- On May 25, 2018
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- Big Data, datos, IV Revolución Industrial
“We must develop an integrated and globally shared vision on how technology is affecting our lives and reconfiguring our economic, social, cultural, and human environments. There has never been a time of greater promise or potential peril.”
These words were pronounced by Klaus Schwab, founder and president of the World Economic Forum, at the event celebrated in 2016. The gathering still generates news and serves as a research subject in current investigations worldwide in the fields of society, politics, and economy.
The IV Industrial Revolution is certainly here and is a complex and extensive topic. One of its main implications is associated with the fact that each individual is part of a data that is already being used in a particular way.
For instance, it makes it possible that ads of products we have been willing to buy for a while pop out of nowhere on our computer or smartphone screens. No, it’s not magic. It’s the marketing of today and the marketing of the future.
This side of the revolution is known as Big Data, with whom we obliviously share lots of things on a daily basis. It’s like our second shadow but even more powerful as it doesn’t need the sun or any other light source to be with us every day, at all times.
It gathers information about us whenever we use a smartphone or enter data on social networks; whenever we search on the web, send a simple e-mail or use our credit or debit cards to make payments.
Antonio Monleón-Getino wrote The Impact of Big Data on The Information Society, an article published by the University of Barcelona. The professor remarked the following questions:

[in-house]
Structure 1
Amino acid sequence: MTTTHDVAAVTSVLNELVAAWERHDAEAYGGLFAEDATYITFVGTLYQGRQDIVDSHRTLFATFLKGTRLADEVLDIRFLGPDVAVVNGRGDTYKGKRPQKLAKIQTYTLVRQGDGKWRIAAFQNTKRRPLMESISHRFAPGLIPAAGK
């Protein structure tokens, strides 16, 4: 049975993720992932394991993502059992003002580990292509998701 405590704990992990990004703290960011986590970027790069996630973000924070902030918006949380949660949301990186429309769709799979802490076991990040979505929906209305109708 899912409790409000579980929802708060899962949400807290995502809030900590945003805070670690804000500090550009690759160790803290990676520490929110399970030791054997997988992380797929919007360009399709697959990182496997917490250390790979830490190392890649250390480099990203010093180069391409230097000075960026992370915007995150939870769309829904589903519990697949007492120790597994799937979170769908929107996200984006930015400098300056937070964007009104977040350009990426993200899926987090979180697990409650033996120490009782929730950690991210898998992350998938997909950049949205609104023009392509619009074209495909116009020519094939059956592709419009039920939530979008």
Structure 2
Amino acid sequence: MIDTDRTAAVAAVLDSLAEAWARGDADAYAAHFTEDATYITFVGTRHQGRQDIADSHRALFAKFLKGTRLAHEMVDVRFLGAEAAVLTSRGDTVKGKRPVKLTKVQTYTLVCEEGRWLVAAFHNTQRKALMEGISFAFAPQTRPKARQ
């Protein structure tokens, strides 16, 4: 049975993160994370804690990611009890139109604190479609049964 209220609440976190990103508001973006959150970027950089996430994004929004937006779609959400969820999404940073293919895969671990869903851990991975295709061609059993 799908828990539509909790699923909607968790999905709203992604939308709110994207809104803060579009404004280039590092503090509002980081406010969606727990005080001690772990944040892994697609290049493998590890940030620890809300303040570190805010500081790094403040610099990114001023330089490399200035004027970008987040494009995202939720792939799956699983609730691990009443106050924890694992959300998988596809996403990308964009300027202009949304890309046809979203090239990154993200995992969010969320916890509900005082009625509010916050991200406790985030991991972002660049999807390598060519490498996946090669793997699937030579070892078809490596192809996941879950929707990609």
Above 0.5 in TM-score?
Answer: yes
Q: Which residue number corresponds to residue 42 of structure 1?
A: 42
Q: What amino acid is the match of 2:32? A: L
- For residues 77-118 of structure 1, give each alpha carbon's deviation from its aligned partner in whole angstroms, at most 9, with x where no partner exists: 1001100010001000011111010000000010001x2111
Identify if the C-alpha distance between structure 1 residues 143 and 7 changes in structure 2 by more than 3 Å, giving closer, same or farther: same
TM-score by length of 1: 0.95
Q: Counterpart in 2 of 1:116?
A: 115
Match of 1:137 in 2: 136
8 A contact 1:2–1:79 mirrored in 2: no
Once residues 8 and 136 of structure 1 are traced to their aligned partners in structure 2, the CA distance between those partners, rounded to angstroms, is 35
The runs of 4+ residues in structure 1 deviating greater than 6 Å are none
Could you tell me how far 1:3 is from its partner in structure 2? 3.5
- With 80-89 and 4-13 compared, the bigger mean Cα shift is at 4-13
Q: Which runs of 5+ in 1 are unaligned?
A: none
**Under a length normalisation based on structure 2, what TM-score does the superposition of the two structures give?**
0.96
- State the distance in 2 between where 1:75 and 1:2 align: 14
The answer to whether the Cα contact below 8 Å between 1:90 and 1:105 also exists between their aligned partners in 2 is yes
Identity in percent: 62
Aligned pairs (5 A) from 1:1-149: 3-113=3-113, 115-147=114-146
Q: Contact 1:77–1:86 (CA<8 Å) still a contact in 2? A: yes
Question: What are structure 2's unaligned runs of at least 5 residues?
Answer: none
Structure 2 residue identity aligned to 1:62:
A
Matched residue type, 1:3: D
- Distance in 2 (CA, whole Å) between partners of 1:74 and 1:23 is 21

“Is the data propagation the proof that the world is becoming more intrusive? Can we be sure that there is economic value behind all of this massive information? Should we trust machines with the task of filtering out irrelevant information? Should we regulate the use of such information?”
He continues to add the following facts from two studies conducted by Manyika and others (2011) from the McKinsey Global Institute and Andrew McAfee & Erik Brynjolfsson (2012) from the Harvard Business Review:
- Ninety percent of all of the world’s data has been created in the last two years.
- A hard drive containing the entire world’s music only costs about 500€.
- By 2010, there were 5 billion smartphones out there.
- Thirty billion content items are shared on Facebook each month.
- As of April 2011, 235 Terabytes (TB) of data were stored by the United States Library of Congress.
- Fifteen out of seventeen economic sectors in the US have more stored data in each company than the Library of Congress – the world’s largest.
- In 2012, about 2.5 exabytes (EB) of information were generated per day. This figure doubles every 40 months.
In his article, Monleón-Getino also mentions examples of the benefits offered by Big Data in several fields such as healthcare and the urban development towards transforming cities into “Smart Cities”.
There are lots of applications, including a traffic lights system designed to detect the areas with the worst traffic jam in order to regulate the duration of the green light. As for healthcare, Big Data makes it possible to gather all the diagnoses of certain diseases in order to design more accurate treatments.
Nevertheless, as many other authors, he refers to the ethical implications of the management of such huge volumes of information generated each day.
There’s so much to be discovered about ourselves, our brand preferences reflected in the way we dress, travel, and even our sexual orientation can be part of the data. It’s feared that some entity, elite, group or state might have the privilege to access such information, which would lead to a disloyal competition. The consequences would be terrible.
If you feel like you’re being watched after all you’ve read, get used to it. This era is not for paranoids. Leave your comments about this hot topic in the appropriate section. We could start an interesting conversation.